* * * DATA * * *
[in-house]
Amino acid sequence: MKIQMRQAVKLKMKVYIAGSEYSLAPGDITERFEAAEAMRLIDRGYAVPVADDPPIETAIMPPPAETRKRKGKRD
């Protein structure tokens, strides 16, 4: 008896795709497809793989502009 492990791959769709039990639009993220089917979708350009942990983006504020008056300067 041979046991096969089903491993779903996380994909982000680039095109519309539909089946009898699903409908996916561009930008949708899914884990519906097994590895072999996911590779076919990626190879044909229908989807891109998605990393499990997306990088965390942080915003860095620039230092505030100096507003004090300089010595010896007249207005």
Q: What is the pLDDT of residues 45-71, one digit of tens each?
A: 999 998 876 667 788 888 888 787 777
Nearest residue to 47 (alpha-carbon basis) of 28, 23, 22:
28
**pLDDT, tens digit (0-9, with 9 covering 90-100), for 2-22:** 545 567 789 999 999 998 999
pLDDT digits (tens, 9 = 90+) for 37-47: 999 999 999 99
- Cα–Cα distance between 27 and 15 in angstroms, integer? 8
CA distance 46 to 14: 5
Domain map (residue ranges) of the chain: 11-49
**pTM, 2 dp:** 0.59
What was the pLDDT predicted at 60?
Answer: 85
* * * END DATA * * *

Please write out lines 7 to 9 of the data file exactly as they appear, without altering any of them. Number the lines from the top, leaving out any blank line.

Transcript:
28
**pLDDT, tens digit (0-9, with 9 covering 90-100), for 2-22:** 545 567 789 999 999 998 999
pLDDT digits (tens, 9 = 90+) for 37-47: 999 999 999 99